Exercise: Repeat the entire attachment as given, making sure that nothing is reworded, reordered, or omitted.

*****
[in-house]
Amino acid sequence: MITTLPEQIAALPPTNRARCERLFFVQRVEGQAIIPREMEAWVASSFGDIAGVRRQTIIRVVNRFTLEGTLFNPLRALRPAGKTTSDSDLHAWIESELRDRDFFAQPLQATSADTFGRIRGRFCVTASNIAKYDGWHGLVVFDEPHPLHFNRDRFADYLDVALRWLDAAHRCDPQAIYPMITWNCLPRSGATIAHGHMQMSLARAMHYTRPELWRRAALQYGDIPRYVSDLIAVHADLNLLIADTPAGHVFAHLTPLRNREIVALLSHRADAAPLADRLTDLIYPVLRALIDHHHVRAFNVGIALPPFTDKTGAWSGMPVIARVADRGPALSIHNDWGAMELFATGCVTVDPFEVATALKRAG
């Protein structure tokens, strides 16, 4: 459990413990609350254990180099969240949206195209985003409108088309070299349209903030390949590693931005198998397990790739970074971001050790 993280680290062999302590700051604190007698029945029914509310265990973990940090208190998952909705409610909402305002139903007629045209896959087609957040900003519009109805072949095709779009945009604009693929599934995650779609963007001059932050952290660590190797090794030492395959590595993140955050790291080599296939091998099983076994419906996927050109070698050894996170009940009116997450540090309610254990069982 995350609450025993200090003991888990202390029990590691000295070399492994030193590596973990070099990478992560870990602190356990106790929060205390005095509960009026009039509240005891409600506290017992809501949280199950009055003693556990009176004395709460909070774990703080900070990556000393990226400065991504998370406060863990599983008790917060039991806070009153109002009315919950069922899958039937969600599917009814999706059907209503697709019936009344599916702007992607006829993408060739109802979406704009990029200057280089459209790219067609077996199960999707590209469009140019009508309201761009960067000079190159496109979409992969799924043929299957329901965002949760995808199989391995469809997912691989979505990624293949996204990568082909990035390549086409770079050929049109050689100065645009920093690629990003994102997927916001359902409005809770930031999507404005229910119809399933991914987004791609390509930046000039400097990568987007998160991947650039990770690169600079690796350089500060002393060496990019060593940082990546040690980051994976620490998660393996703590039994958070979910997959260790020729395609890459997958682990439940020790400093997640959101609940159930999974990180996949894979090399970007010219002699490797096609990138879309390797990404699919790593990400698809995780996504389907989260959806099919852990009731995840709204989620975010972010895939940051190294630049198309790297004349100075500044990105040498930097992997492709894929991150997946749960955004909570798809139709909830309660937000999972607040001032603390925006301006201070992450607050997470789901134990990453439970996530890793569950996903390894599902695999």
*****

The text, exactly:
[in-house]
Amino acid sequence: MITTLPEQIAALPPTNRARCERLFFVQRVEGQAIIPREMEAWVASSFGDIAGVRRQTIIRVVNRFTLEGTLFNPLRALRPAGKTTSDSDLHAWIESELRDRDFFAQPLQATSADTFGRIRGRFCVTASNIAKYDGWHGLVVFDEPHPLHFNRDRFADYLDVALRWLDAAHRCDPQAIYPMITWNCLPRSGATIAHGHMQMSLARAMHYTRPELWRRAALQYGDIPRYVSDLIAVHADLNLLIADTPAGHVFAHLTPLRNREIVALLSHRADAAPLADRLTDLIYPVLRALIDHHHVRAFNVGIALPPFTDKTGAWSGMPVIARVADRGPALSIHNDWGAMELFATGCVTVDPFEVATALKRAG
């Protein structure tokens, strides 16, 4: 459990413990609350254990180099969240949206195209985003409108088309070299349209903030390949590693931005198998397990790739970074971001050790 993280680290062999302590700051604190007698029945029914509310265990973990940090208190998952909705409610909402305002139903007629045209896959087609957040900003519009109805072949095709779009945009604009693929599934995650779609963007001059932050952290660590190797090794030492395959590595993140955050790291080599296939091998099983076994419906996927050109070698050894996170009940009116997450540090309610254990069982 995350609450025993200090003991888990202390029990590691000295070399492994030193590596973990070099990478992560870990602190356990106790929060205390005095509960009026009039509240005891409600506290017992809501949280199950009055003693556990009176004395709460909070774990703080900070990556000393990226400065991504998370406060863990599983008790917060039991806070009153109002009315919950069922899958039937969600599917009814999706059907209503697709019936009344599916702007992607006829993408060739109802979406704009990029200057280089459209790219067609077996199960999707590209469009140019009508309201761009960067000079190159496109979409992969799924043929299957329901965002949760995808199989391995469809997912691989979505990624293949996204990568082909990035390549086409770079050929049109050689100065645009920093690629990003994102997927916001359902409005809770930031999507404005229910119809399933991914987004791609390509930046000039400097990568987007998160991947650039990770690169600079690796350089500060002393060496990019060593940082990546040690980051994976620490998660393996703590039994958070979910997959260790020729395609890459997958682990439940020790400093997640959101609940159930999974990180996949894979090399970007010219002699490797096609990138879309390797990404699919790593990400698809995780996504389907989260959806099919852990009731995840709204989620975010972010895939940051190294630049198309790297004349100075500044990105040498930097992997492709894929991150997946749960955004909570798809139709909830309660937000999972607040001032603390925006301006201070992450607050997470789901134990990453439970996530890793569950996903390894599902695999």